Picking the ‘perfect’ pumpkin

Underripe but just right for me

I’ve always rooted for the underdog. I would bet on the least favored horse in a race, I’d pick the pastry with flaws such as imperfect frosting or misshapen dough because it had “character.” I love farmstand fruits and veggies because they are so misshapen, odd and would never pass muster stacked up in the aisles at a big grocery chain. I even chose one of my dogs from the pound specifically because I was told she was the runt of the litter and, well, “who really wants a runt?” I DO! I love the odd, the misshapen, the different and the “last one to be picked,” because… well, I guess you could go into some deep-rooted psychological analysis of this, but suffice it to say, I JUST DO.
Yesterday we went to La Union Maze, a yearly tradition for families around here around Halloween time. I’d never been before, but since it is only 3 miles away from home, Christian had never celebrated Halloween before, and we had to have SOMEWHERE to wear our new Halloween T-shirts, we chose this spot. It was fantastic!

Cotton fields surround the maze

It was the ULTIMATE family outing, full of old-fashioned games for children (raised trampoline, hay rides, “duck” races with rubber duckies, a petting zoo, non motorized dune buggy derby, and more. And a REAL (huge) pumpkin patch hidden among the cotton fields and the maze itself. We attempted the maze, carved out of a massive Sorghum field, but to be honest, neither of us have that much patience or that much attention span, so after about 15 minutes we back-tracked to the entrance to head on over to the pumpkin patch.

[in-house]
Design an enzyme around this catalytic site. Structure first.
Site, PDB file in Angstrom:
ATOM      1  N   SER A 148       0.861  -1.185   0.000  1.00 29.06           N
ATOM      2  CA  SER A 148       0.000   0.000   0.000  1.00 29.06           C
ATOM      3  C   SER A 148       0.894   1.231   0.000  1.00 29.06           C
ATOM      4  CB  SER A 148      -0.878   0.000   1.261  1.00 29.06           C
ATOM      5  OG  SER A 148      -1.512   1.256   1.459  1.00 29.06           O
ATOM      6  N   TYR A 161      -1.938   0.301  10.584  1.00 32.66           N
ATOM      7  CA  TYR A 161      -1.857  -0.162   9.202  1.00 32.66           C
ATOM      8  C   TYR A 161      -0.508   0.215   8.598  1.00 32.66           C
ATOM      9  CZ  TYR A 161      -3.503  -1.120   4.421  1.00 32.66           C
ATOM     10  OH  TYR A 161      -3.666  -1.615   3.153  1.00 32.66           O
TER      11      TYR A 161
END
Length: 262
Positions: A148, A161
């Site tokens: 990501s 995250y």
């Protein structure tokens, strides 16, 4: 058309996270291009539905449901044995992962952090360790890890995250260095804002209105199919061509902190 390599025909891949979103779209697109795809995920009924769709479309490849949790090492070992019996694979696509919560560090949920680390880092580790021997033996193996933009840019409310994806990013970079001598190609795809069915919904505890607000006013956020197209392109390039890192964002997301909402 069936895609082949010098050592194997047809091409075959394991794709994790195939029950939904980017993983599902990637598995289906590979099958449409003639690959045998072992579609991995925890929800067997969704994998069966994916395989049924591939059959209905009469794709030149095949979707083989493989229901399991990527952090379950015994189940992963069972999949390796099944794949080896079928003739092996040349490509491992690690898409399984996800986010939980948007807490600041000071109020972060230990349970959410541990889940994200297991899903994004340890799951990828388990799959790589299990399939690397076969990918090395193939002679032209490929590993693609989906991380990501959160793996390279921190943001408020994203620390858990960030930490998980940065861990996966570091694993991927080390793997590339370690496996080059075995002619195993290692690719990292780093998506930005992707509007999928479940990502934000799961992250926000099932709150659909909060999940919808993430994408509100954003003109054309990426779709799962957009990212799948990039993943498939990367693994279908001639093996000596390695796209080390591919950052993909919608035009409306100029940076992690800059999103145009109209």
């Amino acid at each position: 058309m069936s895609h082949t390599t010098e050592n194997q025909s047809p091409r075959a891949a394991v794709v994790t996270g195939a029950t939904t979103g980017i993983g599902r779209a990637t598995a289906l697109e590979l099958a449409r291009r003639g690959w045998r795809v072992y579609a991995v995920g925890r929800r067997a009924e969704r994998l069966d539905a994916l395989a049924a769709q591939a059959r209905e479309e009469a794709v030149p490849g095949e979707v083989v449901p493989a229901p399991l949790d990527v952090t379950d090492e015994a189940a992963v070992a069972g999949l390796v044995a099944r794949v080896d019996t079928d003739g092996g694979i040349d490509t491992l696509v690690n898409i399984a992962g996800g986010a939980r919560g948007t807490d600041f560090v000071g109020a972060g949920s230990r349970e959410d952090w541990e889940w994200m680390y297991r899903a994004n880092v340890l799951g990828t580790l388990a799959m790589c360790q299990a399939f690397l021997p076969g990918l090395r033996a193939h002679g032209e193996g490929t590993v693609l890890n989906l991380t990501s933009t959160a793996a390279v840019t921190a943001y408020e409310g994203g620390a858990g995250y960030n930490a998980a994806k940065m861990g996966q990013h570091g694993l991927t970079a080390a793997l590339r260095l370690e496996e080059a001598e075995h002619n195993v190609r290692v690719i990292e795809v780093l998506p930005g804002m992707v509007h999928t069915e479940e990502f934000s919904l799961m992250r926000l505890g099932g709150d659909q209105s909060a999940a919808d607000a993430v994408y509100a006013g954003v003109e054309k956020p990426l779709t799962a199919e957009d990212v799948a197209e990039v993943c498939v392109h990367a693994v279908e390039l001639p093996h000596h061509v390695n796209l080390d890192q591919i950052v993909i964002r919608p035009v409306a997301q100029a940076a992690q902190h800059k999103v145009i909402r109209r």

I know some people spend days, time and money to find that perfect pumpkin. The flawless, perfectly shaped and colored gourd to proudly make the most intricate, Martha Stewart-ish Jack O’Lanterns. I, on the other hand, had a heyday looking for the most odd, flat, albino, Siamese-twin, full of pockmarks, hidden away gourds. And I couldn’t decide, so I ended up taking about 4-5 smaller gourds to place next to the other ones I foolishly bought for about $3.99 each at Albertson’s. I liked mine much better. Don’t know if I have the heart to try to carve faces into my little “underdogs.” I think I’ll just keep them on the dining room table to let them have their little time in the limelight 😉


Yesterday we had brotzeit for dinner after getting home from the Maze, and I KNOW it’s not your typical brotzeit (but IS there a typical brotzeit?) I got out the Tchibo antipasti plate Christian’s brother and sister in law gave us for Christmas last year, and Christian got to “inaugurate” his brotzeiteller I purchased for him from Germandeli.com (I forgot to order one for myself, so Christian’s going to bring one home from his visit to Germany in a few weeks). I served some herring, smoked almonds, baba gannoush, grapes, salted tomato, sausage, sliced ham, Emmentaler cheese, mustard, Bauernbrot, baguette, and some leftover cabbage salad from lunchtime. Other than the fact that yesterday was a no-holds-barred overeating and overindulging day, it was fantastic, simple and fun! I wish I could say today I’ll be more conscious of eating healthily and moderately, but tonight is our Culinary Travel Part II: Ireland. I’m cooking Irish beef stew as our main course. Christian is making a Dubliner cheese spread as an appetizer, and an apple-barley pudding as our dessert. Moderation again must wait for another day…


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